July 4, 1984. I don’t remember the day, but surely jokes were made back then; the irony of America’s anniversary, celebrating liberty and self-reliance—falling within the year that symbolizes tyranny and oppression.
Few are unacquainted with Orwell’s masterwork, 1984, featuring an ever-present state, “Big Brother,” with an eponym that connotes good, wholesome things—family, protection, strength. In the novel, Big Brother ominously moves about life’s foreground, reminding civilians that the system is perpetually awake, watching out “for” them.
Ah, the ambiguity of that preposition. Big Brother takes Christ’s pledge—“I am with you always”—and perverts the meaning to anti-Christical heights.
Here, on the eve of the holiday, the classic has seen a 70% increase in sales (according to the Amazon tracker). The book’s phenomenal rise is easily attributable: the news of law enforcement domestic drones; the ubiquitousness of scanning devices; the secret harvesting of private phone records; the targeting and hacking of journalists; and the use of government agencies, such as the dreaded IRS, as a political screener, strong-arm supplier, and data monitor.
Of course, it’s a dangerous world now. These things will make us safer, they say. Besides, you can’t desire security and forego its means, we’re told. Even Orwell himself eschewed that kind of pacifist naiveté: “People sleep peaceably in their beds at night only because rough men stand ready to do violence on their behalf.” So it’s wise to remember that potential for misuse is no reason to abandon something entirely.
On the other hand, the potential for misuse is why the most powerful things are that much more dangerous. Strength spoils for deployment, and the greater transparency we have about its scope and motivation, the better.
But when you come to something as prevalent as surveillance, transparency is naturally at odds with efficacy. How can we explain our need for shadowing, thereby checking its misuse, without at the same time tipping our hand, making it useless?
The devil in these details is nuanced, lying at the very heart of man. A friend raised in a communist country explained her wariness of information gathering: “They do it on your behalf, for the common good. But it’s only a matter of time before they use it for something else—not common, not good.”
This is true of even the most benevolent state, and can become the means by which it grows hostile to freedom. It takes a supremely generous view of the sovereign to believe that all its registry-keepers are angels.
“And the power,” my friend continued, “comes by way of the distrust it fosters.” Planting doubt is one of Big Brother’s strongest, deftest tools. There’s a pervasive fear that anyone could be a spy. Big Brother doesn’t even need to be as big as you think he is, because your ignorance as to his true size silences you.
Even to raise these doubts is to risk being labeled a kook, a “black helicopters” guy, a tinfoil-hat- wearing paranoid. Better not to speak than to be misunderstood. How would it look?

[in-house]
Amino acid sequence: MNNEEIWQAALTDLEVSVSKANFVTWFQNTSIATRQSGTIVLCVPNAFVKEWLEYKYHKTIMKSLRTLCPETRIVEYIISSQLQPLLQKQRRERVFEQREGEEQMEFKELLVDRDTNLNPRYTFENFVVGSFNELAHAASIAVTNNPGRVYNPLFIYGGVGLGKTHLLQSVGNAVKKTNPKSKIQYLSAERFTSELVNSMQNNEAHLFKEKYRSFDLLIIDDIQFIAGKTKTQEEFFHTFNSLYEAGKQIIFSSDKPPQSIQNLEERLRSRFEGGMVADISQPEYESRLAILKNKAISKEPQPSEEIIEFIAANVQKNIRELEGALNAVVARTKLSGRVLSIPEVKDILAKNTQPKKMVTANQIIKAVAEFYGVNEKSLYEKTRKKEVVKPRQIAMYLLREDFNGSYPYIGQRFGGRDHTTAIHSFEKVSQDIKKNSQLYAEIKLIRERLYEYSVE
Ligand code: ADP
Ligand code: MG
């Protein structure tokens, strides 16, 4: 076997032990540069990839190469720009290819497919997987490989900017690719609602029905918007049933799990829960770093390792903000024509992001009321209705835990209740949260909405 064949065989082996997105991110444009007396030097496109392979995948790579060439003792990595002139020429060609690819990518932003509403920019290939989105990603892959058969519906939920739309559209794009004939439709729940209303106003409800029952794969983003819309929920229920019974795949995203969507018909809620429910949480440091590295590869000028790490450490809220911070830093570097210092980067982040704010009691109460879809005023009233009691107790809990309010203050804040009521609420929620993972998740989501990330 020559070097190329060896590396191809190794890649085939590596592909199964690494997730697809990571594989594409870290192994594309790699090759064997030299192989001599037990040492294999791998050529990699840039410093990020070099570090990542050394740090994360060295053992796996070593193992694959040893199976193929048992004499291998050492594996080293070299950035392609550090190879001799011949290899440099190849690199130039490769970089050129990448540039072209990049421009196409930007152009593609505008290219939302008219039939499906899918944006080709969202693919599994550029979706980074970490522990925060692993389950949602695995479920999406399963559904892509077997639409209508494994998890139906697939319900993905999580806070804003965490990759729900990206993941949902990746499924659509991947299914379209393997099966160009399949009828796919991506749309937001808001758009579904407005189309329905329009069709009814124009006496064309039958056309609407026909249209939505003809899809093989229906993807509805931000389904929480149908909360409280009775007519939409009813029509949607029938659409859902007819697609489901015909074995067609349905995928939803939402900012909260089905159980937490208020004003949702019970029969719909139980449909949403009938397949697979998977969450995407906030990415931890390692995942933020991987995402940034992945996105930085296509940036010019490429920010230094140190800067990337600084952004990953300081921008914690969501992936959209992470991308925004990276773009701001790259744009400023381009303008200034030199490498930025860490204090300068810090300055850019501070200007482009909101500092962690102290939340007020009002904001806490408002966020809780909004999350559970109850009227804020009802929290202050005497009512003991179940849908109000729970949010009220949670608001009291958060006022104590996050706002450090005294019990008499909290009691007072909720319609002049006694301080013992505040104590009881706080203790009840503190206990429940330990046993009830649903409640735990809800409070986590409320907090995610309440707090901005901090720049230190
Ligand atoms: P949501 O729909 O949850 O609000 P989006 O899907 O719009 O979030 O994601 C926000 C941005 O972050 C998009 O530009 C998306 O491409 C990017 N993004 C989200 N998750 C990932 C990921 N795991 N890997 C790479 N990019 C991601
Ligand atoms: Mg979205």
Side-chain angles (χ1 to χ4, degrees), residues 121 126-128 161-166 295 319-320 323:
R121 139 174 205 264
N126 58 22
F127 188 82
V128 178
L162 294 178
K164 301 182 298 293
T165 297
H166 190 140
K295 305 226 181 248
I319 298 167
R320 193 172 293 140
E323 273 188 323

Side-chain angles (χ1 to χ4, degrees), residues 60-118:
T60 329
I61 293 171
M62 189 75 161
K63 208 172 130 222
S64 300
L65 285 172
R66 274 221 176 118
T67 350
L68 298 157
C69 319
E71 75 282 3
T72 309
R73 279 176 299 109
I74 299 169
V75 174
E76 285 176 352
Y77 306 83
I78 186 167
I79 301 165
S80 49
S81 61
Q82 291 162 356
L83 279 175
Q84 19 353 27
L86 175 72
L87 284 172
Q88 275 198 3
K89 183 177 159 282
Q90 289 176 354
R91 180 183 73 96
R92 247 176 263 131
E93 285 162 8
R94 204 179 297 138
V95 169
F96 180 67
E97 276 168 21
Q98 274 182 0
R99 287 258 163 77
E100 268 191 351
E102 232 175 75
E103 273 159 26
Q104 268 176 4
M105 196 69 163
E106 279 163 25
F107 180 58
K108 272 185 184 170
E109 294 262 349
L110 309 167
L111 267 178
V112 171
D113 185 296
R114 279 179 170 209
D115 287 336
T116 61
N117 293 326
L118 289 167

And thus we surrender more and more, and begin to watch ourselves as much as we are watched. Our brother is our keeper, we his, and each his own most of all.
Maddeningly, those who do wish us harm seem to creep through the net anyway, despite everything—caught too late, if ever. Because when all are suspect, none stand out. In another time, the recent Boston bombers—who publically avowed their hatred on social media—would’ve been the ones cowering in their holes, not the people.
A black-hearted punk bleeding in a boat would not hold a city of millions hostage. But he did; he will again.
When it comes into its own, the course of state power seems ineluctable. Small things are easier to control, but somehow things just can’t stay small for long. Projects have to get done, so there must always be more people to do them. Then there must be machines to help, and all must be put into records, to keep track. An insurmountable number of machines and papers follow.
Consequently, in addition to the distrust Big Brother promotes, corroding civility, the bureaucracy he requires does more. It transforms those on either side of the cordon. Their responses become stock.
Behind the desk: “My hands are tied.” “We must follow procedures.” “Let me transfer you.” Thus, the person in the box becomes less flexible, less sympathetic, less human.
In front of the desk: “It’s not much to surrender.” “It’s easier this way.” “It’s not worth the hassle.” Thus, the person in the cage becomes less assertive, less dignified, less free.
The newly-empowered would nod at all this. They’d easily qualify it: “Don’t worry. I’m a good guy. Not like them. You can trust me.”
They even have their own set of apologists; the once-condemned measures are all right now, because a “better” set of people are involved. Columnist James Liliks says the excusers offer a heartfelt distinction: “But this ‘Big Brother’ is different,” they say. “He’s mine, and I love him.”
In Tolkein’s trilogy, Frodo, weary of carrying the all-powerful ring, wants to give it to the elf queen Galadriel, whom he knows to be good: “You’d put things to rights….You’d make some folks pay for their dirty work.”
“I would,” Galadriel says, as she rejects it. “That is how it would begin. But it would not stop with that, alas.”
A.G. Harmon teaches Shakespeare, Law and Literature, Jurisprudence, and Writing at The Catholic University of America in Washington, D.C. His novel, A House All Stilled, won the 2001 Peter Taylor Prize for the Novel.